A fun clip from yesterday’s show via RCP, not just because this little wishcast/harangue is so obviously the product of spite and disgruntlement over losing the big vote but because it’s so obviously wrong. If you saw the new data from Pew this morning, you know why. Ninety percent support for expanded background checks in no way means that 90 percent of the pubic is angry at the GOP over the Senate vote. Rather, the vote on Toomey/Manchin was more of a proxy vote on gun control generally: If you want more GC then you’re angry or disappointed, if you don’t then you’re fine with it even if you supported T/M. Sean Trende predicted that a few days ago, before the Pew data was released, in arguing why the vote almost certainly won’t hurt Republicans next year:
Finally, we need to remember that most Americans are relatively low-information voters who are unlikely to dig down into the details of policy papers and voting records. What they tend to do instead is use what political scientists call “shortcuts” to fill in a picture of what a candidate believes in.
For example, few voters vote primarily on the abortion issue (and those who do tend to be pro-life), but voters will use a pro-life stance to paint a broader picture of a politician as having ties to the religious right, or being opposed to broader women’s rights. Similarly, affirmative action doesn’t poll particularly well, and few politicians will actually run on the issue because it is low-salience and can paint a picture of someone who needlessly brings up a divisive racial issue.
My sense is the gun issue works the same way. While most voters are unlikely to punish a senator who supports, say, background checks, such support paints a broader picture of that senator as someone who possibly backs broader gun control, or who is liberal, or who supports an administration with mediocre national approval ratings. This is a real problem for proponents, and it isn’t likely to change anytime soon.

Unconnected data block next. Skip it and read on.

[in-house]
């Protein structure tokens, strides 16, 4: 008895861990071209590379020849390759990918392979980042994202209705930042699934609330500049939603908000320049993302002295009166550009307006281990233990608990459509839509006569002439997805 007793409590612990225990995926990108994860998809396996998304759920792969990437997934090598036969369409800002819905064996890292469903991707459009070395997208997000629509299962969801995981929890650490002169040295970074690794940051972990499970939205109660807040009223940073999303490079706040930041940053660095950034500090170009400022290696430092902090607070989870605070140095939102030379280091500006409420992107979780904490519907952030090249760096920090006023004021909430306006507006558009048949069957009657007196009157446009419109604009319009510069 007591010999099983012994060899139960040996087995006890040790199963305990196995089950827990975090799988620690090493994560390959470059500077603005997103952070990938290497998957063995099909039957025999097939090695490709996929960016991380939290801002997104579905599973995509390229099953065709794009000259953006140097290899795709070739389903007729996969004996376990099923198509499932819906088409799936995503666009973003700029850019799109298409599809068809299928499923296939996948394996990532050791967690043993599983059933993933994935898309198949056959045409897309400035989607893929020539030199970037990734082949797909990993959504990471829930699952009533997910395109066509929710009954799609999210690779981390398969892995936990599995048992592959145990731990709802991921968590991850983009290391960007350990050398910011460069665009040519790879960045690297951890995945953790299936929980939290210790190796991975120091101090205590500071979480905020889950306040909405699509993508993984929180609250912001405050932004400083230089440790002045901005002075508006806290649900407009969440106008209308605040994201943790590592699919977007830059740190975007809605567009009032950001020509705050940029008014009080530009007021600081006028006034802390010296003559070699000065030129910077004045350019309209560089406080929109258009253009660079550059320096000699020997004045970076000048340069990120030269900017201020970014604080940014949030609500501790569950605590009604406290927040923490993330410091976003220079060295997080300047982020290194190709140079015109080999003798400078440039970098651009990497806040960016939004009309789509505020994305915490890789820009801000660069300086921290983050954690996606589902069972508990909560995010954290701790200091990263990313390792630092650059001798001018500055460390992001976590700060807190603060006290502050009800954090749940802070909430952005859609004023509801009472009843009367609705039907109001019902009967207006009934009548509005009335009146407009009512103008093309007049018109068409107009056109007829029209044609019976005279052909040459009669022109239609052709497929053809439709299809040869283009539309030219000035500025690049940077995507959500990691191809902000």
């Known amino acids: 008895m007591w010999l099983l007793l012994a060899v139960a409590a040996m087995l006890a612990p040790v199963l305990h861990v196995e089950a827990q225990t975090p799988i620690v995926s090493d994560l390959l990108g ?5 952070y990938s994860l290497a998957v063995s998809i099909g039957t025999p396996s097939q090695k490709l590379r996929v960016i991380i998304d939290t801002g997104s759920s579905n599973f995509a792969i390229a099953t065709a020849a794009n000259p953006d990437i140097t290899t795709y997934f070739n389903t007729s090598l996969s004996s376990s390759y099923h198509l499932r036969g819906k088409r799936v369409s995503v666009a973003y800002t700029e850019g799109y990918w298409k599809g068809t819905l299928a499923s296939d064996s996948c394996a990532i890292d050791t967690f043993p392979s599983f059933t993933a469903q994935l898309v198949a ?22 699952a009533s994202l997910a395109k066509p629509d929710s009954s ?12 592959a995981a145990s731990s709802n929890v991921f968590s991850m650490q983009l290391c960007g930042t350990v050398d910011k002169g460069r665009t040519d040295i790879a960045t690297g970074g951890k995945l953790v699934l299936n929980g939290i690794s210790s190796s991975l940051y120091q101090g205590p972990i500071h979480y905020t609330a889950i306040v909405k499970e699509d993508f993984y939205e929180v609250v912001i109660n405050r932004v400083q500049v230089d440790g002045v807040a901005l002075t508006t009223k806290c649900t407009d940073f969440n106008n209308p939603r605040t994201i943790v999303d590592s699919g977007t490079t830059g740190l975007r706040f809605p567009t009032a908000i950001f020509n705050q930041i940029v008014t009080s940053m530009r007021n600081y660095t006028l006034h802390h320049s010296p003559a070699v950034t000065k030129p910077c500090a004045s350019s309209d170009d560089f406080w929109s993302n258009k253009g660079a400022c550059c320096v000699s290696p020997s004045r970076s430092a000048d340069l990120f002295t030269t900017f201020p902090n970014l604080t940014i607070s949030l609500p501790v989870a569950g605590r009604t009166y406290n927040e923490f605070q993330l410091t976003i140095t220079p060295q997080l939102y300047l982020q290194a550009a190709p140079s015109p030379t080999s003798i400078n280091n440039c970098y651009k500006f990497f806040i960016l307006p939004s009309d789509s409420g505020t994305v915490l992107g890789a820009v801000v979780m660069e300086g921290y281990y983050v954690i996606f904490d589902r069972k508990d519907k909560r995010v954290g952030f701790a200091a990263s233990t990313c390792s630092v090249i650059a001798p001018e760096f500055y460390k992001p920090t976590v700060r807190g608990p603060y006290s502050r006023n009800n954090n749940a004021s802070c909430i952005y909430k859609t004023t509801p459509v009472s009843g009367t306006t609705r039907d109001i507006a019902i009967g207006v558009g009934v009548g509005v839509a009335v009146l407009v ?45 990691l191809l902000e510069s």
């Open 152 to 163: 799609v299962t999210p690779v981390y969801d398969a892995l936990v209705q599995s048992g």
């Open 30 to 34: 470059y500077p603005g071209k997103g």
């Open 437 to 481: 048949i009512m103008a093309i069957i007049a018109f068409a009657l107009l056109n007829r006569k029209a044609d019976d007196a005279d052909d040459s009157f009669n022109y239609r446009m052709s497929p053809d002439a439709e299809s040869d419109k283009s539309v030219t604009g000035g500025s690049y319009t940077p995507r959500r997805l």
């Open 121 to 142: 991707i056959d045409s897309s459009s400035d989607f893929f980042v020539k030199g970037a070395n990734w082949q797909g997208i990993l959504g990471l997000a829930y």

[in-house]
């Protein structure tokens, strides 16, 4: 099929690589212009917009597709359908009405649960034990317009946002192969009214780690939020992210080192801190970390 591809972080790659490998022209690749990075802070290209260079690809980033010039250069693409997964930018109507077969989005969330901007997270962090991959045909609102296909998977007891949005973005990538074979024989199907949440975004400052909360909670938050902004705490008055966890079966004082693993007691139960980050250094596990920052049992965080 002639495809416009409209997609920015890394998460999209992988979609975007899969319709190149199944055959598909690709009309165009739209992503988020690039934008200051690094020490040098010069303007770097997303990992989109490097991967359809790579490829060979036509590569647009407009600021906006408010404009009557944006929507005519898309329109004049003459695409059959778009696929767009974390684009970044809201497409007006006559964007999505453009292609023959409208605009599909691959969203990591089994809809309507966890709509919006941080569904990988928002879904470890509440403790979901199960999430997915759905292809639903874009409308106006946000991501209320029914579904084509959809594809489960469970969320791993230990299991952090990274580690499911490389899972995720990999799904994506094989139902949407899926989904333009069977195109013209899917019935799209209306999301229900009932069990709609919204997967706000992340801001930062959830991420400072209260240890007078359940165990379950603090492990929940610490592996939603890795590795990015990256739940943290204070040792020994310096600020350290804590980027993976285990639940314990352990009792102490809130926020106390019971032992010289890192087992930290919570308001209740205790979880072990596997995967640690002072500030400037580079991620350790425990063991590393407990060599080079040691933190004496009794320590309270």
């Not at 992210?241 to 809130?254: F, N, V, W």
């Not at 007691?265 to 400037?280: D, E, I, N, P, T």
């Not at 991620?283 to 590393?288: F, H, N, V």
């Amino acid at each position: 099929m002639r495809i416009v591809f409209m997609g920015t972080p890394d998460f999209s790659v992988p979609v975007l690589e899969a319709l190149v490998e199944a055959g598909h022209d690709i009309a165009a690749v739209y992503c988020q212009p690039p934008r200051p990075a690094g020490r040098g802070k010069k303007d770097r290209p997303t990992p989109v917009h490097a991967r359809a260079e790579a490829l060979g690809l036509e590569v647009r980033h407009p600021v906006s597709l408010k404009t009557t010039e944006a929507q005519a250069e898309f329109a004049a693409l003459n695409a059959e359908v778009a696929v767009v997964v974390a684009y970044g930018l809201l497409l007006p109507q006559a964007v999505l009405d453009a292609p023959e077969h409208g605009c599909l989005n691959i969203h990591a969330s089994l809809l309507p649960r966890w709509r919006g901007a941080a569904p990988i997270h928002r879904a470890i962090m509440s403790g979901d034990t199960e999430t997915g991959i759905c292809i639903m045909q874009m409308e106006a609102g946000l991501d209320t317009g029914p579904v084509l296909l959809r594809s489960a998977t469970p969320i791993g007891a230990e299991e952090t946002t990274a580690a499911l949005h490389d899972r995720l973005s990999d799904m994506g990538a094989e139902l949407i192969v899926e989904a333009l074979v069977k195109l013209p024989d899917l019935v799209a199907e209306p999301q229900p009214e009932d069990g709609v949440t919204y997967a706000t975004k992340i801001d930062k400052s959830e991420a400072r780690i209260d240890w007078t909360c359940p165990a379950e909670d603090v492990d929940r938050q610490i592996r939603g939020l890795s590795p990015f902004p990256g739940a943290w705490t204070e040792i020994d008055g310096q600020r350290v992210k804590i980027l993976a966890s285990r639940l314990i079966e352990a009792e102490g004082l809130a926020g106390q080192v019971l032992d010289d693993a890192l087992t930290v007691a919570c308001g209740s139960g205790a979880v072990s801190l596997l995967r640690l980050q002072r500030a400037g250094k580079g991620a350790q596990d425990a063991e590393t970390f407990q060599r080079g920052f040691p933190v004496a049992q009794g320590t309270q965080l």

Gun control is, as Trende says, a proxy issue for ideology generally, which helps minimize the backlash over voting no on a bill that 90 percent of the public supports. If you like the idea of expanded background checks but don’t trust Obama or liberals or gun-grabbers generally, you can live very easily with Toomey/Manchin going down. Related to that is the fact that gun control is a quintessential (maybe the ultimate) “slippery slope” issue, if only because some of the left’s favorite proposals all but guarantee further action down the line. No one, including Joe Biden, thinks that banning “assault weapons” is going to stop mass shootings. There’ll be more, and when there are, further bans will be demanded. Give an inch now and they’ll ask for a mile later, almost necessarily. All gun-rights supporters understand that, so if you’re one of them, how broken up are you really about Toomey/Manchin failing, even if you thought the bill on its own merits was okay? Toomey himself seems to understand this. If you don’t trust Obama to protect your Second Amendment rights, you’re not going to go crying that the administration was denied an extra bit of power to regulate guns.
If Trende doesn’t convince you, read Nate Silver’s statistical analysis of whether the gun vote will hurt Republicans next year. Short answer: Probably not, unless the left can build it into some broader narrative about the GOP being “out of touch” on issues that voters care more about, like the economy. Who knows, though, if gun control will still be salient next November vis-a-vis other topics? If ObamaCare’s falling apart and insurance premiums are ticking upwards, who’s switching their vote based on what the Senate did about background checks 16 months ago? How bad would the next 16 months have to be for Obama that one of his best arguments against the GOP, worth spending lots of time and money on, is how they voted — with some Democratic support — on Toomey/Manchin? C’mon.